Clearly, CSR is not ideal in many situations and we may need to find another solution to circumvent those problems. They can be overcome, however, with Server-Side Rendering (SSR).

As the first step towards tackling the above problems, we should start by not leaving the root element empty. This is so that we can render the root element content dynamically on the server. Thus, search engines and site preview can see the meaningful content. After this, angular kicks in and takes over the page. Then app will be up and running and will work as usual.

All of this can be achieved through server-side rendering (SSR). With SSR, when the user opens the application, the browser makes a request to the server and the response will be ready to provide HTML.

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Server-side rendering (SSR) provides for an application the ability to contribute to webpage rendering in the browser by displaying it on the server instead of the browser. Server-side sends a fully rendered page to the client. The client’s JavaScript bundle takes over and allows the SPA framework to operate.

SSR can be achieved by Angular Universal for Angular applications, and React’s Next.js for React applications.

Enabling server-side rendering with Angular Universal

The Angular Universal technology renders Angular applications on the server. We can get it with the @angular/platform-server package.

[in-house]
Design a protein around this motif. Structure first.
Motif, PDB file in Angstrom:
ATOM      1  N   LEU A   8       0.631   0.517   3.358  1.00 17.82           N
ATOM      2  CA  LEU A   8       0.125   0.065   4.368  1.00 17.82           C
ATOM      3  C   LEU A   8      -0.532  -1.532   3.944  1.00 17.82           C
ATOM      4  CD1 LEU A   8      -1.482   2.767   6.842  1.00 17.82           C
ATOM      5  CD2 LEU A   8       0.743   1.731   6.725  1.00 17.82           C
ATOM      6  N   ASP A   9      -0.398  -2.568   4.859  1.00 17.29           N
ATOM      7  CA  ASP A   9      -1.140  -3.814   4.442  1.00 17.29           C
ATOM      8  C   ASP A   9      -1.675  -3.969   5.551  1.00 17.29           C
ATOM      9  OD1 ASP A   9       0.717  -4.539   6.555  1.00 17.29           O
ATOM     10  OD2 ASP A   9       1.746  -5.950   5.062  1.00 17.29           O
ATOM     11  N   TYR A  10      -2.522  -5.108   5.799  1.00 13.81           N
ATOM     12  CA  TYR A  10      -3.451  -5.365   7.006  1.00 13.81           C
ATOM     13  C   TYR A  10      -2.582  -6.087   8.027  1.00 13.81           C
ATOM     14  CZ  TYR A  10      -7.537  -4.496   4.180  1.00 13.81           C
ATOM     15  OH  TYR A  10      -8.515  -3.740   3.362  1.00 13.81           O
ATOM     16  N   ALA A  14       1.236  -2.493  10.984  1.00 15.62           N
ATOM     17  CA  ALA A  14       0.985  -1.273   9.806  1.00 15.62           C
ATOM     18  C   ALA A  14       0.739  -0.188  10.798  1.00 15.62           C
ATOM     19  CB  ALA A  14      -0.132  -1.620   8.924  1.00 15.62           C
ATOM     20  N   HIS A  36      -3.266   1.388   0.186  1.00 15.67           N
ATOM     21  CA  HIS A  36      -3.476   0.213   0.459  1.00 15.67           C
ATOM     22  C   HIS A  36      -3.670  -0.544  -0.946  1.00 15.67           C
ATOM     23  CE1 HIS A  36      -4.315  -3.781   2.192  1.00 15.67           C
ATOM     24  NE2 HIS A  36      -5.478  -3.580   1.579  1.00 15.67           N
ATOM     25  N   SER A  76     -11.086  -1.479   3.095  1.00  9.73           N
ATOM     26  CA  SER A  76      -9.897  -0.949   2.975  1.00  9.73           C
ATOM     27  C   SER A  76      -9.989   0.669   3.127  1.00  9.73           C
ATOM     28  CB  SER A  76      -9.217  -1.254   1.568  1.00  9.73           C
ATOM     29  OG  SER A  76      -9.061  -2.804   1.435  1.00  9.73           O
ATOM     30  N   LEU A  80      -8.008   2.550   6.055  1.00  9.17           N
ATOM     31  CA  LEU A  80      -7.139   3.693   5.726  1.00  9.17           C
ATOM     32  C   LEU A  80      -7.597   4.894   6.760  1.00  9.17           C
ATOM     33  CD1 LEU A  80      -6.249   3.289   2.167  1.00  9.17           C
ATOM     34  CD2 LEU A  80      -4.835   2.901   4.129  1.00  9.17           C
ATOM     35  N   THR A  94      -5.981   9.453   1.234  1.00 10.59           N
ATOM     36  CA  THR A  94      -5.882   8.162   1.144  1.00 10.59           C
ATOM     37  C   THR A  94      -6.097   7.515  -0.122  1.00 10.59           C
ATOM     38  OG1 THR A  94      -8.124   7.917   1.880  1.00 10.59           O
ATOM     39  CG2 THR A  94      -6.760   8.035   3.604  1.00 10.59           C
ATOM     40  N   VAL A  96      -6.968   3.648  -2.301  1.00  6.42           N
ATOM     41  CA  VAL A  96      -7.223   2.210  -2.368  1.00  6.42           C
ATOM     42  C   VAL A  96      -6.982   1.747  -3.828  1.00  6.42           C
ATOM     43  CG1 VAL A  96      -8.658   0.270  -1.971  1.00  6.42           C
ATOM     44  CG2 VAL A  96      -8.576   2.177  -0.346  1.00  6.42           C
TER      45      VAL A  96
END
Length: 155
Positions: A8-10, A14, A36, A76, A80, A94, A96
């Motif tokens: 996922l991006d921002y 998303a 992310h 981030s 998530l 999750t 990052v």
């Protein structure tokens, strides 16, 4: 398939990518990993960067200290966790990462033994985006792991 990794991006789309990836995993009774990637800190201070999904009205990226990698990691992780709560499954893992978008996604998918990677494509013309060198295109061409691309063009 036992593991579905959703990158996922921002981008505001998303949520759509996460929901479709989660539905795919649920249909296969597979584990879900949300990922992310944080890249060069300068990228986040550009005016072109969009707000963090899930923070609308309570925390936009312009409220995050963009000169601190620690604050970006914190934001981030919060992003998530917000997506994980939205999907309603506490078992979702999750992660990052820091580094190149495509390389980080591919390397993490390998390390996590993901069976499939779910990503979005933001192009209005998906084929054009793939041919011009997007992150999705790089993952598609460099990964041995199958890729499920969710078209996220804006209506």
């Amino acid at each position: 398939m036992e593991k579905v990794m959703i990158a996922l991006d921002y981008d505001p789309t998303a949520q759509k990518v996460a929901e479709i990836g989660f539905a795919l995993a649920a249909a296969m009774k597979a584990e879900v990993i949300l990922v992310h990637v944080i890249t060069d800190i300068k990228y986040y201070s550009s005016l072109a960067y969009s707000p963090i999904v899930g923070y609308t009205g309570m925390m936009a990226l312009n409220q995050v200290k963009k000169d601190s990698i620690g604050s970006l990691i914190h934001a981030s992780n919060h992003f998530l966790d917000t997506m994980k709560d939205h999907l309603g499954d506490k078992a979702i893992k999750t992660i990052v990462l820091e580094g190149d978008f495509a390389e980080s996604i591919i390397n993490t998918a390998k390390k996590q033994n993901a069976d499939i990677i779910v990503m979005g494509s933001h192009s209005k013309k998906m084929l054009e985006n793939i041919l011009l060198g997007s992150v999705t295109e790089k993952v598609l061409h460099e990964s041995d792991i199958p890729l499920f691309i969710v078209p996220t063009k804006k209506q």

A normal Angular application executes in the browser, rendering pages in the DOM in response to user actions. Angular Universal executes on the server, generating static application pages that later get bootstrapped on the client-side. This means that the application generally renders more quickly, giving the users a chance to view the application layout before it becomes fully interactive. (Reference: https://angular.io/guide/universal)

On a side note, it may be noted that server-side rendering does not increase the app’s performance, but makes it accessible to search engines and third-party social media services.

Server-side rendering skeleton

AppModule imports BrowserModule which is used to run the app in the browser. The AppModule is configured in the main.ts file which boots up the app. This is also called the entry point for the webpack build. It is the standard angular application configuration.

For server-side rendering, we rep the whole application in another module called AppServerModule. This module imports native ServerModule from angular.main.server.ts which will be created as the entry point for the second webpack build (i.e., server build).

In short, we will be having two builds, one for the browser and the other for the server.

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Setting up Angular Universal

We start by using this command to add Angular Universal to your app: ng add @nguniversal/express-engine/clientProject ssr-playround

The above command adds/modifies the below files:

  • AppServerModule.ts
  • main.server.ts
  • AppModule.ts
  • angular.json (build options)
  • package.json
  • tsconfig.server.json

Building the App

For the next step, we build the client and server for the app. The build process is different for both client and server, as both these platforms are different.

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Once the build is over, we can see two sub-folders for client and server under the ‘dist’ folder.

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Next thing we need is a Node.js server to perform the below functions: